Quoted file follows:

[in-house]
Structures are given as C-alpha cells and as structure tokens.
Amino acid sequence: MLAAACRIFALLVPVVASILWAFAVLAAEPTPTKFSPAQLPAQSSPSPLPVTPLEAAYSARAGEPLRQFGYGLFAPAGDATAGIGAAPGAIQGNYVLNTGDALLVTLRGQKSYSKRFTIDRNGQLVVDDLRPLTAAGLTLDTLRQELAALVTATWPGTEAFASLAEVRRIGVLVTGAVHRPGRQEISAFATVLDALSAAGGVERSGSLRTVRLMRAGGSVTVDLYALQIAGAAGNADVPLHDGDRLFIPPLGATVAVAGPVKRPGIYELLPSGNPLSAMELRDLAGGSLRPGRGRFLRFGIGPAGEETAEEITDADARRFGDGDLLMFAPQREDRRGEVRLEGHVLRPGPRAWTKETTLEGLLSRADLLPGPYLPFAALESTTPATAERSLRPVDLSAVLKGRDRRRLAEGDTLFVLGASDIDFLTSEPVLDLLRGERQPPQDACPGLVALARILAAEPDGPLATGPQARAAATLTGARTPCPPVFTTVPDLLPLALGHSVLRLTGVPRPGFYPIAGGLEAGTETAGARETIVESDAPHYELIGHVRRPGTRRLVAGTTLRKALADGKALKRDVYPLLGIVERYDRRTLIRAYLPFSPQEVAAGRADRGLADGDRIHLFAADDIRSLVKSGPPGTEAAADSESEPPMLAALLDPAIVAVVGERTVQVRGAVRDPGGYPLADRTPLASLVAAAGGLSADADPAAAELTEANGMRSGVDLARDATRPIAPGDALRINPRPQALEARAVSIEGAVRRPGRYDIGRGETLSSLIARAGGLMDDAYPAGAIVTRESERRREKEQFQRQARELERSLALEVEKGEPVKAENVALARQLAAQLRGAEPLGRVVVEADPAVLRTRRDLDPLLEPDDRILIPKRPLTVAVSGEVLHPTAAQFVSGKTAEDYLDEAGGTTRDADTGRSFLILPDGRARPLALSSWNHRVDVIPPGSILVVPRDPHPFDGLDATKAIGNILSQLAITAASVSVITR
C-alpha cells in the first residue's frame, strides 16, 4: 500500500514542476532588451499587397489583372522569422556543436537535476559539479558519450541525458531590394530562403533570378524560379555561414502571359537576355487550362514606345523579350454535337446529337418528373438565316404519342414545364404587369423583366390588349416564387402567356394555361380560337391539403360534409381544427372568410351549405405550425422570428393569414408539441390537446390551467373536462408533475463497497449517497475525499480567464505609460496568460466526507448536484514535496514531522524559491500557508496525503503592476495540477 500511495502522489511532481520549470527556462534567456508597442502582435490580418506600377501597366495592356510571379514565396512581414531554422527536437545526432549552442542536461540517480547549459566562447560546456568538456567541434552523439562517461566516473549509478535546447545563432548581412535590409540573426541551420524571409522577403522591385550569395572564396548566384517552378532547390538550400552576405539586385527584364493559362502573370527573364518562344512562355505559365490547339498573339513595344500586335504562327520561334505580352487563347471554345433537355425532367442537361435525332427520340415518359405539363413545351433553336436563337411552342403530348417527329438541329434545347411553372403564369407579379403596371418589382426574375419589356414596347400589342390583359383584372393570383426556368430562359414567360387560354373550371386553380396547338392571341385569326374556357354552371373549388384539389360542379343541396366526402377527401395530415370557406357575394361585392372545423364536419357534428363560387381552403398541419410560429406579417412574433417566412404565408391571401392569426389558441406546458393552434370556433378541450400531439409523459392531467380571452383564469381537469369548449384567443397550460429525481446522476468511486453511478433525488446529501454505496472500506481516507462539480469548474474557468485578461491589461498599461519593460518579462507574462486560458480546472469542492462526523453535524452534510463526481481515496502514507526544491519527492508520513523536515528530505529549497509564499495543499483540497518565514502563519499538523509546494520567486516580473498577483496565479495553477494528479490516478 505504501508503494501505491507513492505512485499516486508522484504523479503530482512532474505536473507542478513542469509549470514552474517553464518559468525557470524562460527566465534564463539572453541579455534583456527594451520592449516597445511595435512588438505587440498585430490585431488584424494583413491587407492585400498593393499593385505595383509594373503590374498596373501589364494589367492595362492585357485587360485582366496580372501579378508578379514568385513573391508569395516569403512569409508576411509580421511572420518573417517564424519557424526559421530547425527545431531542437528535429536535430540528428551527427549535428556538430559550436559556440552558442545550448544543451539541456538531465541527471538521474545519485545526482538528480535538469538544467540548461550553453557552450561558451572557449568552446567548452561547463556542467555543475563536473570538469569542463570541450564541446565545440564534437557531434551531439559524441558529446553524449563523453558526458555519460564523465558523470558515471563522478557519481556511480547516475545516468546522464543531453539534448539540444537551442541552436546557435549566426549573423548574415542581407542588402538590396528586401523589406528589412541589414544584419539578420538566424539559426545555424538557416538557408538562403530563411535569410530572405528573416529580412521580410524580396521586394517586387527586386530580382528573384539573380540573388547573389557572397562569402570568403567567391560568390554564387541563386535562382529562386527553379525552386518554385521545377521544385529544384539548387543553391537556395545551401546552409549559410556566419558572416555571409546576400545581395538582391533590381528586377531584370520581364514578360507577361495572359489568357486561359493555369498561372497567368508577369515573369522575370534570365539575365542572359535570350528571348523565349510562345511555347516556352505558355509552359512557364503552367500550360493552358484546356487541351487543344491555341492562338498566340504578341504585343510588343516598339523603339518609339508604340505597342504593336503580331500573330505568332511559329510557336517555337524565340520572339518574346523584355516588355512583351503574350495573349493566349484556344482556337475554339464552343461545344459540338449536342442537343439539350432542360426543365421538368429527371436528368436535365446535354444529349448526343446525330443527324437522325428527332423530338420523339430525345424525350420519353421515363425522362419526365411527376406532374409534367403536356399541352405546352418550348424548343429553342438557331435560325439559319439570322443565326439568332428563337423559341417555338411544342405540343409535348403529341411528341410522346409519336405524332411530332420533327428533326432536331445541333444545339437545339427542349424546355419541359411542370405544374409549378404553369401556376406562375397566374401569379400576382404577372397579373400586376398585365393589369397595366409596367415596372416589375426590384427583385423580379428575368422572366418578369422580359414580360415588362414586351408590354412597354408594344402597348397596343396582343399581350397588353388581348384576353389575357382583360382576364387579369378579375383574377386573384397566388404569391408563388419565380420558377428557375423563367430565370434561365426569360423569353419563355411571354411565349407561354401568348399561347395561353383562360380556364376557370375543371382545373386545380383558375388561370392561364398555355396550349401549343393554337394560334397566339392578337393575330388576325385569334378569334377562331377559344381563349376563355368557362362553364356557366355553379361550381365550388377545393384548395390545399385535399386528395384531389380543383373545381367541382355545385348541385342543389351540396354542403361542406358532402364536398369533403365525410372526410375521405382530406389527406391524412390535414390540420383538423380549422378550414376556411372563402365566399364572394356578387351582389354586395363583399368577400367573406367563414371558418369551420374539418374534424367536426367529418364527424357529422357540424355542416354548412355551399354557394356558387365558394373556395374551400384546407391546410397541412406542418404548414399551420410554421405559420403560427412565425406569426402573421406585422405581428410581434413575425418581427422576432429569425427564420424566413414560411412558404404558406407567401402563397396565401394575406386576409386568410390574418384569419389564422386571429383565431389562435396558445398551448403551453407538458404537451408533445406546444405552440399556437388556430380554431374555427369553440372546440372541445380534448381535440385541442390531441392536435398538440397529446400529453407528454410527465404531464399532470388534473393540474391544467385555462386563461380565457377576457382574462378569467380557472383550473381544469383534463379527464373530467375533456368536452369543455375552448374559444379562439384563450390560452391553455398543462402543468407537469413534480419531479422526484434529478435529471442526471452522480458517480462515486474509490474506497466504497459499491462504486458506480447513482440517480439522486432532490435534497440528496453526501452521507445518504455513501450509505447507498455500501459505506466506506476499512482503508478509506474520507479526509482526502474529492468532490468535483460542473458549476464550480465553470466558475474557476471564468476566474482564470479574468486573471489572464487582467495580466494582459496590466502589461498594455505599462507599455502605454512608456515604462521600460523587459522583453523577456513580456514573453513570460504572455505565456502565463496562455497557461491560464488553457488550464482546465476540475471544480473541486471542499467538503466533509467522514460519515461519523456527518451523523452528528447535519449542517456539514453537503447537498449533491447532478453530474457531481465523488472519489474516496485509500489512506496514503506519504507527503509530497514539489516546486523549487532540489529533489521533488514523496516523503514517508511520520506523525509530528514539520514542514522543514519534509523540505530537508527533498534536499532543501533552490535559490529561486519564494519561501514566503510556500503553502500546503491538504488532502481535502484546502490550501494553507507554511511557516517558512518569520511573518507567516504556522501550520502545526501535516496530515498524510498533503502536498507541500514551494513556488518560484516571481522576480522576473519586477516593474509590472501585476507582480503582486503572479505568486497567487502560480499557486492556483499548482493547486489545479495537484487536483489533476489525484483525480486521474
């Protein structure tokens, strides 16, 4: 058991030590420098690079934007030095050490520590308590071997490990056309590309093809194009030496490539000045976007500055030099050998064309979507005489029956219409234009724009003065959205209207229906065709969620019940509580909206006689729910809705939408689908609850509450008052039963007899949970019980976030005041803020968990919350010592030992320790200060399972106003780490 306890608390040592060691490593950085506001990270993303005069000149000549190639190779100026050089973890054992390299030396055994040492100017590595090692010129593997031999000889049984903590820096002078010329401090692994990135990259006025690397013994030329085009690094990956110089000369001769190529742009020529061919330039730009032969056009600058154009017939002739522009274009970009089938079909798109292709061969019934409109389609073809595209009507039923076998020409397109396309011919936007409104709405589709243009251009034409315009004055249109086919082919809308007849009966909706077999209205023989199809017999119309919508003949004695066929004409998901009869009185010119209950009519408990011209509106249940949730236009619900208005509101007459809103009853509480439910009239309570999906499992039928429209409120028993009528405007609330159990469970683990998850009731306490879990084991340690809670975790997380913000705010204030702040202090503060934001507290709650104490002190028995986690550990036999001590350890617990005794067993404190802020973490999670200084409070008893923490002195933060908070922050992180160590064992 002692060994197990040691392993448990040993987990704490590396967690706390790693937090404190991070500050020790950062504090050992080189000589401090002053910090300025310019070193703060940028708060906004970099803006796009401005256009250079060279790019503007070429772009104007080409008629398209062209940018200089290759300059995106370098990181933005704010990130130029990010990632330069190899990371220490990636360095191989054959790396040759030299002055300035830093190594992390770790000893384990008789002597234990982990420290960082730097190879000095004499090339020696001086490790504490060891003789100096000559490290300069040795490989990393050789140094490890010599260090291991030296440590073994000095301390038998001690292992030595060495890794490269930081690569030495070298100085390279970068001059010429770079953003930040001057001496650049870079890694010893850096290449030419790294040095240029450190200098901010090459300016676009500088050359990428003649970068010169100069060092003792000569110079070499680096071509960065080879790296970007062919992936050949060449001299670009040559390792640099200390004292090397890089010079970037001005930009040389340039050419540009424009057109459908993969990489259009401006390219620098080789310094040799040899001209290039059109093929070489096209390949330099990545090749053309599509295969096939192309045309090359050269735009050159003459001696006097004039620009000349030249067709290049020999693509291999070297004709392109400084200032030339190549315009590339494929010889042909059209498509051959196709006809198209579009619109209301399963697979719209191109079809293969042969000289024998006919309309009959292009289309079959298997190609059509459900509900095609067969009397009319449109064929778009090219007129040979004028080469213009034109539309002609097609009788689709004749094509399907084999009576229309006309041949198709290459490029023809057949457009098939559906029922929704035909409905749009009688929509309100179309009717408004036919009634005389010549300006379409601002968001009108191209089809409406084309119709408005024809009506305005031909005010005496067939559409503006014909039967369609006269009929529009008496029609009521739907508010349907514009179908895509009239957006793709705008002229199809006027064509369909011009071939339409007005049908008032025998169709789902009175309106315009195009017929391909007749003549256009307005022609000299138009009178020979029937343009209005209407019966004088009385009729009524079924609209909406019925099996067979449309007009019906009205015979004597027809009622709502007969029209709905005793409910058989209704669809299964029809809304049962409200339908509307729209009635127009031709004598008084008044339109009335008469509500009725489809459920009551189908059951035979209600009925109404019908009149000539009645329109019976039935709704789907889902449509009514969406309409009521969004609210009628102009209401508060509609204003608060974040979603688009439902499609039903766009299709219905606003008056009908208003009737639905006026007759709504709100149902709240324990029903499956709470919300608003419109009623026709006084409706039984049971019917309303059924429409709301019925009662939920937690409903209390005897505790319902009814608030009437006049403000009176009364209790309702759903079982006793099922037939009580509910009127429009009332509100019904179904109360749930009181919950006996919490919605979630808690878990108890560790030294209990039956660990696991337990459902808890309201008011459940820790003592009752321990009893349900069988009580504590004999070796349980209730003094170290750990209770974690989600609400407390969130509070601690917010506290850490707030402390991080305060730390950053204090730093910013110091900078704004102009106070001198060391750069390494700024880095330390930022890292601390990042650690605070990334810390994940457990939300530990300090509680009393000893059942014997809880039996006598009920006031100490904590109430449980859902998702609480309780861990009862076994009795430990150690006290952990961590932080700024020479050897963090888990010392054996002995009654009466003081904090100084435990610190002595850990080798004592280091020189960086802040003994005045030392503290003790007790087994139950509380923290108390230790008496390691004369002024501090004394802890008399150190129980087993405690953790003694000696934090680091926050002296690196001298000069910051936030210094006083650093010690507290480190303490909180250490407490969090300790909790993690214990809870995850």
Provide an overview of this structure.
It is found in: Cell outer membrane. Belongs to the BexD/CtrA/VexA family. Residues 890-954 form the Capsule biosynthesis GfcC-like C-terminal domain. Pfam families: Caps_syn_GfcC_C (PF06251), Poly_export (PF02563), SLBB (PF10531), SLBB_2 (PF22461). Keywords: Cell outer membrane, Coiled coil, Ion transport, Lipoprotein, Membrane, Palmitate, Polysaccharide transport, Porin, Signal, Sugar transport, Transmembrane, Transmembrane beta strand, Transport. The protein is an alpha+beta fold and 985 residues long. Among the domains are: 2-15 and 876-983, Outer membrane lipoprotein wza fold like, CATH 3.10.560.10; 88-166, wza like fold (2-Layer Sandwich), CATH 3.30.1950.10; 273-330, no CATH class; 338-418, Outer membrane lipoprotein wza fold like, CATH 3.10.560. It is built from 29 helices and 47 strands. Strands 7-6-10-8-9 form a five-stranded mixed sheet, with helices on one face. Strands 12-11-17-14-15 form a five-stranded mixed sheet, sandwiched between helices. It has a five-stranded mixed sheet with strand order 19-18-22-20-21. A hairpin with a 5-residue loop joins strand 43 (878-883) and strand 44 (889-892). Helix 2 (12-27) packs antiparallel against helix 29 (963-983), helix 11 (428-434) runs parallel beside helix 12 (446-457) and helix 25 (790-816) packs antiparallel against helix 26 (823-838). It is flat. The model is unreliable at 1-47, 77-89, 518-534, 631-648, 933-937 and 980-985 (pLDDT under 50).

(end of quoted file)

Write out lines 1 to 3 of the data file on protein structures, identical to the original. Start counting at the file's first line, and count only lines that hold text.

[in-house]
Structures are given as C-alpha cells and as structure tokens.
Amino acid sequence: MLAAACRIFALLVPVVASILWAFAVLAAEPTPTKFSPAQLPAQSSPSPLPVTPLEAAYSARAGEPLRQFGYGLFAPAGDATAGIGAAPGAIQGNYVLNTGDALLVTLRGQKSYSKRFTIDRNGQLVVDDLRPLTAAGLTLDTLRQELAALVTATWPGTEAFASLAEVRRIGVLVTGAVHRPGRQEISAFATVLDALSAAGGVERSGSLRTVRLMRAGGSVTVDLYALQIAGAAGNADVPLHDGDRLFIPPLGATVAVAGPVKRPGIYELLPSGNPLSAMELRDLAGGSLRPGRGRFLRFGIGPAGEETAEEITDADARRFGDGDLLMFAPQREDRRGEVRLEGHVLRPGPRAWTKETTLEGLLSRADLLPGPYLPFAALESTTPATAERSLRPVDLSAVLKGRDRRRLAEGDTLFVLGASDIDFLTSEPVLDLLRGERQPPQDACPGLVALARILAAEPDGPLATGPQARAAATLTGARTPCPPVFTTVPDLLPLALGHSVLRLTGVPRPGFYPIAGGLEAGTETAGARETIVESDAPHYELIGHVRRPGTRRLVAGTTLRKALADGKALKRDVYPLLGIVERYDRRTLIRAYLPFSPQEVAAGRADRGLADGDRIHLFAADDIRSLVKSGPPGTEAAADSESEPPMLAALLDPAIVAVVGERTVQVRGAVRDPGGYPLADRTPLASLVAAAGGLSADADPAAAELTEANGMRSGVDLARDATRPIAPGDALRINPRPQALEARAVSIEGAVRRPGRYDIGRGETLSSLIARAGGLMDDAYPAGAIVTRESERRREKEQFQRQARELERSLALEVEKGEPVKAENVALARQLAAQLRGAEPLGRVVVEADPAVLRTRRDLDPLLEPDDRILIPKRPLTVAVSGEVLHPTAAQFVSGKTAEDYLDEAGGTTRDADTGRSFLILPDGRARPLALSSWNHRVDVIPPGSILVVPRDPHPFDGLDATKAIGNILSQLAITAASVSVITR